A little history on the SSAWW Newsletter

Screen Shot 2015-09-28 at 8.22.12 AMThe Fall 2015 SSAWW Newsletter is now available at the SSAWW site:

https://ssawwnew.files.wordpress.com/2013/06/ssaww-16-2-fall-20151.pdf

Since 2008 when I took over as SSAWW VP for Publications and newsletter editor, it has grown from 8 to 28 pages, largely because the members generously voted in 2010 to discontinue the paper version in favor of a web version.

Switching to the web had many benefits, as the members realized.

For one thing, all the money that used to go to printing now goes to the SSAWW Graduate Student Travel Fund. Eliminating printing meant eliminating a lot of paper waste, too, for a greener option.

The newsletter uses color now, which would have been too expensive pre-web, and the New Books pages added to the newsletter in 2011 are much more attractive in color.  The template is in Pages (an old version), and I chose the reddish header color so that it would align with the colors of Legacy (http://legacywomenwriters.org/).

If you want to see any of the back issues from 2008 on, they’re here: https://ssawwnew.wordpress.com/membership/newsletter/

Unfortunately, we don’t have any copies of issues prior to 2008, when the newsletter was edited by its founder and my wonderful predecessor, Karen Dandurand, for whom the SSAWW Lifetime Achievement Award is named: https://ssawwnew.wordpress.com/awards/  If you have copies, we’d like to scan them and put them on the site, so please contact me.

If Yosemite 10.10.5 broke Word 2008 on your computer, here’s a solution

Yosemite 10.10.5 descended on my Mac on September 19, and, as usual, programs began crashing in droves. Well, Word 2008 and Preview, the two programs I use most, broke, rendering the Mac useless for most work.

Word would open, crash, ask me about “Report this problem to Microsoft?” and display a crash report.  I tried opening in Safe Mode, restarting, resetting the Font Library, and other suggestions found online.

According to this thread and this thread, the problem is that documents with Track Changes were open in Word when the update occurred.  Here’s what worked:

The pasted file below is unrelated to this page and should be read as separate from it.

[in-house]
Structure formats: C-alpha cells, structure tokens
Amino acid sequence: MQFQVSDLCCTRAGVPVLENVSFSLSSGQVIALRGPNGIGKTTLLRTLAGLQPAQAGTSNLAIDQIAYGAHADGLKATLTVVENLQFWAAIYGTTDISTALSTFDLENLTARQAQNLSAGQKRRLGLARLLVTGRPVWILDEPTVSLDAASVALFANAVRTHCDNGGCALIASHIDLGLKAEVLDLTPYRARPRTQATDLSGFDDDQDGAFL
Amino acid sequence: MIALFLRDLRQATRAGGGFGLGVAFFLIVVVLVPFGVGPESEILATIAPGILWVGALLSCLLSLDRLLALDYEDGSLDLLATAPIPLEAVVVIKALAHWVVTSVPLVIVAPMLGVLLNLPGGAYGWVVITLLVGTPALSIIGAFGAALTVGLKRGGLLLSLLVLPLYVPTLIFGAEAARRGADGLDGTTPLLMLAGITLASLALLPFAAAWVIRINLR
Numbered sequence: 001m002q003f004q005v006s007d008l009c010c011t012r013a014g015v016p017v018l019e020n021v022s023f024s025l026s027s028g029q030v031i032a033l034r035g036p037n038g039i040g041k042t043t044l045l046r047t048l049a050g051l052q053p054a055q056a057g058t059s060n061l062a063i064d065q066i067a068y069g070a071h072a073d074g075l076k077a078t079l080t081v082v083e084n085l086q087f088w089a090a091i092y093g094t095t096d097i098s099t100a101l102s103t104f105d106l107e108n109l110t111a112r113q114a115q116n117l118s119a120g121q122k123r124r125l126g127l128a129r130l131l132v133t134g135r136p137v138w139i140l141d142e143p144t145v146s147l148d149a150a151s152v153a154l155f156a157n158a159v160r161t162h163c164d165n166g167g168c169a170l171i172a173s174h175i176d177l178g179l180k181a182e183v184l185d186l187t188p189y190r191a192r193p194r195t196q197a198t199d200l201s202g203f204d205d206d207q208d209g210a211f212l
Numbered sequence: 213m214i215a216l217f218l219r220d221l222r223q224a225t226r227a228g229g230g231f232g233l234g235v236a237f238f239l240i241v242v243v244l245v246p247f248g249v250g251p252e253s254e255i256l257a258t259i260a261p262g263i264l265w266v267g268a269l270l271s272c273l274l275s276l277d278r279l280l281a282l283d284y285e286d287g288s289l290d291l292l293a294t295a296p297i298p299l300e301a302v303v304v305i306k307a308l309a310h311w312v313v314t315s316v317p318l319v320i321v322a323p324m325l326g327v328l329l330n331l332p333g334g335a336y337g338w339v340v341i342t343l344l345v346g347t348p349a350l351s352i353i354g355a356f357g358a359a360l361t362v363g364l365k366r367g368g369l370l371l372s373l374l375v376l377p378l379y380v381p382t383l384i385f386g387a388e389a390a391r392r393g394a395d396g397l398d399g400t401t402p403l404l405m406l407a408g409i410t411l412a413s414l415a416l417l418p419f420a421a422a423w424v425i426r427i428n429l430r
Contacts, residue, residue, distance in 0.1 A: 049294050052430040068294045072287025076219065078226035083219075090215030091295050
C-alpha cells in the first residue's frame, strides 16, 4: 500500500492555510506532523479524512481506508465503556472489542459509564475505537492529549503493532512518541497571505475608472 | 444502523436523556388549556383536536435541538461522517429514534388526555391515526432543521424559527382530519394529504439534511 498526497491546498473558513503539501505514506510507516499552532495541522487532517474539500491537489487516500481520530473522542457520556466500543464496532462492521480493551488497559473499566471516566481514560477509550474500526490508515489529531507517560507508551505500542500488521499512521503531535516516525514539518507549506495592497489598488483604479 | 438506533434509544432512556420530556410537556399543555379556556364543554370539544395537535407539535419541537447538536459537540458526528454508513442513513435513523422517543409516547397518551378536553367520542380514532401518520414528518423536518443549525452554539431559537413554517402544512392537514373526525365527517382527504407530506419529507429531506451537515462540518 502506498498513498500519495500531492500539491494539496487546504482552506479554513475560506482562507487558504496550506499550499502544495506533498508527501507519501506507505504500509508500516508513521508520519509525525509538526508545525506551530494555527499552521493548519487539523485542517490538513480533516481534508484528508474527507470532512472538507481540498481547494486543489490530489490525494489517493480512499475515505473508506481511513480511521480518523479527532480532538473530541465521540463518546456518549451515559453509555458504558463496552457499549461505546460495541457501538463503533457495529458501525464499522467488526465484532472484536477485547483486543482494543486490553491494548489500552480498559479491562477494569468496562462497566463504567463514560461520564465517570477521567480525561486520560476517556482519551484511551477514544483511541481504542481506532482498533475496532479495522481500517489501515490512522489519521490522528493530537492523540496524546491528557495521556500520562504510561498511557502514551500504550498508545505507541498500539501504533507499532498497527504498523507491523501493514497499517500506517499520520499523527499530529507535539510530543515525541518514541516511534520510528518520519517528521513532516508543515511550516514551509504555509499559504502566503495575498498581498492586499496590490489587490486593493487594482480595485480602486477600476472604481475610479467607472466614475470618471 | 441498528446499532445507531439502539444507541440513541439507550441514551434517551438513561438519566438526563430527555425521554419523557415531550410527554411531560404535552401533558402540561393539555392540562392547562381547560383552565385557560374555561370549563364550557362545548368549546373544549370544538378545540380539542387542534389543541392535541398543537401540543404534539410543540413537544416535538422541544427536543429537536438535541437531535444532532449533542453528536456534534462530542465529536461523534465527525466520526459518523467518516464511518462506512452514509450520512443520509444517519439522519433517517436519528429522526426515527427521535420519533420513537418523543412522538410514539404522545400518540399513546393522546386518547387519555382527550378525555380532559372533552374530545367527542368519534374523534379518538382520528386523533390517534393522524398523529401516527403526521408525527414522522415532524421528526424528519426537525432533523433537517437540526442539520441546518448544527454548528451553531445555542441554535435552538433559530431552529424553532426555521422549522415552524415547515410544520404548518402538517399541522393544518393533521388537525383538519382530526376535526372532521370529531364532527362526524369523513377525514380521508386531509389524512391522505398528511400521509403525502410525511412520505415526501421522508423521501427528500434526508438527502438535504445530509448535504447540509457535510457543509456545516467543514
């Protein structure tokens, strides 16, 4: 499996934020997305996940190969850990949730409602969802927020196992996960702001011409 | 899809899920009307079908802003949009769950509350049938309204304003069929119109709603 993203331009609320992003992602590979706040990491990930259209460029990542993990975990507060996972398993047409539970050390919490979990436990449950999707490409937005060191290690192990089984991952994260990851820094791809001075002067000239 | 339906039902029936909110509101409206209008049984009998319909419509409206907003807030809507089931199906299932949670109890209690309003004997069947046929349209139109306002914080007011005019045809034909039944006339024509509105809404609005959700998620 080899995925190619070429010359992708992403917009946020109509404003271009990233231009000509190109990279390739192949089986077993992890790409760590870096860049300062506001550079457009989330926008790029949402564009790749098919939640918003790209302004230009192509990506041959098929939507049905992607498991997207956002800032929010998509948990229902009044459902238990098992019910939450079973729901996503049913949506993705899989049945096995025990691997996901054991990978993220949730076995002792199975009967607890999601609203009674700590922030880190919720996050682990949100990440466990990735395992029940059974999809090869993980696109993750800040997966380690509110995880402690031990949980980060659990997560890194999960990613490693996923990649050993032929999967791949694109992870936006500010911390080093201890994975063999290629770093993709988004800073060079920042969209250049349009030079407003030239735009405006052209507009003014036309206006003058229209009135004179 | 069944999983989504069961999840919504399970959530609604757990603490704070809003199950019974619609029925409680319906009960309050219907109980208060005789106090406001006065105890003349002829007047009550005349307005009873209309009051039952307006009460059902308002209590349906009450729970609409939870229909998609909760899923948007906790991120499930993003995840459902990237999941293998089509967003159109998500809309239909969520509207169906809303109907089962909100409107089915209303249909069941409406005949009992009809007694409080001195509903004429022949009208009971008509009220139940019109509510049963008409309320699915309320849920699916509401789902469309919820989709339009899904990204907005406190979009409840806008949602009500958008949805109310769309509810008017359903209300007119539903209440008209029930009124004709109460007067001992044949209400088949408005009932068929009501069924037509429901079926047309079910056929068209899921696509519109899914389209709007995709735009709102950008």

1. Open Word but hold down the Shift key as it opens to prevent the documents from automatically loading. (Here is the source of the information: http://apple.stackexchange.com/questions/56684/is-there-a-way-to-stop-ms-word-from-automatically-opening-previously-opened-docu)
  2. Once Word opens, go to File -> Open Recent -> Clear Recent and clear out those files.
  3. Shut down Word and restart it.
  4. Open the files that you need. You can even open and save the ones that were open during the 10.10.5 update, and they seem to be unharmed.

This seems to work for Word.  It doesn’t work for Preview, so I have switched to Adobe Reader for now.

It’s not clear to me why Yosemite 10.10.5 has such a grudge against Word and its Track Changes feature, but that’s a matter for the wizards in Redmond and Cupertino to solve.

Site updates: Mary Austin

I’m updating the links on the Mary Austin page since they are out of date.

A lot of links at the site are out of date because they lead to the University of Virginia’s etext library, a great resource in the early days of the web, since these were reliably transcribed editions.

Now, however, these UVa resources have been locked down behind a subscription wall and are no longer available.

I’ll substitute Google Books links when possible, since these have the benefit of showing the page images.

Laptops in the classroom? A reasoned response.

Short answer: yes, if it works for your teaching, and no, if it doesn’t. Used selectively, they can really help. But “selectively” has proven to be the key, at least in the classes I teach.

I’ve been teaching with technology for a long time and have adopted new technologies as they emerged.  When laptops started being common in classrooms circa 2004, I took a wait-and-see approach.

“Wait” is a lot of what I did, actually.

Me: “Student, what did you see in this passage?”
Student: [Looks up from laptop and stares blankly at me.]
Me, repeating the question: “Student, what does X mean by this phrase?”
Student: “What? Where are we? I didn’t hear the question.”

Buoyed by the hype surrounding laptops in classrooms–because at heart I’m a tech enthusiast–I waited. I watched this process unfold for seven years before addressing it.

I watched student participation slow down. I wanted to believe the hype, but I wasn’t seeing the benefits emerge. It’s not the students’ faults; everyone has trouble staying focused with a ready source of distraction available.

(And no, doodling on paper or looking out the window isn’t the same thing. These are students communing with their own brains, not someone else’s, and I have no problem with that. There’s research to show that this may actually heighten the listener’s awareness.)

Then I limited the use of laptops in classrooms except under certain circumstances. I explained why, and I said that three hours a week was not too much for all of us to devote to talking to each other about literature. We still use laptops, but on selected days.

Here’s the principal result: More engaged students and better class discussion. Better retention on quizzes. Better analysis in papers.

TL; DR: I wanted to believe that the experience would be enhanced with laptops, but the opposite proved true over 7 years. Your mileage may vary, but that’s why I limited laptop use in my classes.